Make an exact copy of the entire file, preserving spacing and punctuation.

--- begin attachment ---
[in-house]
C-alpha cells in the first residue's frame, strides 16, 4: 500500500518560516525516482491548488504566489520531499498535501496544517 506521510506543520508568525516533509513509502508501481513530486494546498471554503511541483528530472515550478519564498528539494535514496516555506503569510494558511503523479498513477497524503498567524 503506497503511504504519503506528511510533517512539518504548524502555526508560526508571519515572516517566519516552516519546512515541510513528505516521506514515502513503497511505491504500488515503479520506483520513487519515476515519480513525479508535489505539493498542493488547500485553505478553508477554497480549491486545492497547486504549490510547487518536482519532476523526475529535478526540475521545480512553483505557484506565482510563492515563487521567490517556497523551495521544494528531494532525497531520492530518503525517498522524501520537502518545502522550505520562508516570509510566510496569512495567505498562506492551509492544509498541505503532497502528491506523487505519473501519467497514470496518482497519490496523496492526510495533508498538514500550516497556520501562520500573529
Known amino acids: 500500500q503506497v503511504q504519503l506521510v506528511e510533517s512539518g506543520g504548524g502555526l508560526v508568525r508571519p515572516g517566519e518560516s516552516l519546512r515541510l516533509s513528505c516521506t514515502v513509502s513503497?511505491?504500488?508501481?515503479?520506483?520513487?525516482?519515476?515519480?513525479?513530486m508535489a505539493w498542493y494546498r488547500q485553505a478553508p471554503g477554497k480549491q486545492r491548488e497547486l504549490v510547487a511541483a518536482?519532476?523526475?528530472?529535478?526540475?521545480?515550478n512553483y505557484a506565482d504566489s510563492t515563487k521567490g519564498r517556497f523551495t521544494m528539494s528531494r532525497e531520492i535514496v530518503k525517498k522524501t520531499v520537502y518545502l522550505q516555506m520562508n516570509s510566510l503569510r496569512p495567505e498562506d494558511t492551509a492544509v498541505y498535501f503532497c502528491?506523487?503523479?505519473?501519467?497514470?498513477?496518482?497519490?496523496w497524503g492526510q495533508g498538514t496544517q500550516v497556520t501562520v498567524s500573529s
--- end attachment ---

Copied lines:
[in-house]
C-alpha cells in the first residue's frame, strides 16, 4: 500500500518560516525516482491548488504566489520531499498535501496544517 506521510506543520508568525516533509513509502508501481513530486494546498471554503511541483528530472515550478519564498528539494535514496516555506503569510494558511503523479498513477497524503498567524 503506497503511504504519503506528511510533517512539518504548524502555526508560526508571519515572516517566519516552516519546512515541510513528505516521506514515502513503497511505491504500488515503479520506483520513487519515476515519480513525479508535489505539493498542493488547500485553505478553508477554497480549491486545492497547486504549490510547487518536482519532476523526475529535478526540475521545480512553483505557484506565482510563492515563487521567490517556497523551495521544494528531494532525497531520492530518503525517498522524501520537502518545502522550505520562508516570509510566510496569512495567505498562506492551509492544509498541505503532497502528491506523487505519473501519467497514470496518482497519490496523496492526510495533508498538514500550516497556520501562520500573529
Known amino acids: 500500500q503506497v503511504q504519503l506521510v506528511e510533517s512539518g506543520g504548524g502555526l508560526v508568525r508571519p515572516g517566519e518560516s516552516l519546512r515541510l516533509s513528505c516521506t514515502v513509502s513503497?511505491?504500488?508501481?515503479?520506483?520513487?525516482?519515476?515519480?513525479?513530486m508535489a505539493w498542493y494546498r488547500q485553505a478553508p471554503g477554497k480549491q486545492r491548488e497547486l504549490v510547487a511541483a518536482?519532476?523526475?528530472?529535478?526540475?521545480?515550478n512553483y505557484a506565482d504566489s510563492t515563487k521567490g519564498r517556497f523551495t521544494m528539494s528531494r532525497e531520492i535514496v530518503k525517498k522524501t520531499v520537502y518545502l522550505q516555506m520562508n516570509s510566510l503569510r496569512p495567505e498562506d494558511t492551509a492544509v498541505y498535501f503532497c502528491?506523487?503523479?505519473?501519467?497514470?498513477?496518482?497519490?496523496w497524503g492526510q495533508g498538514t496544517q500550516v497556520t501562520v498567524s500573529s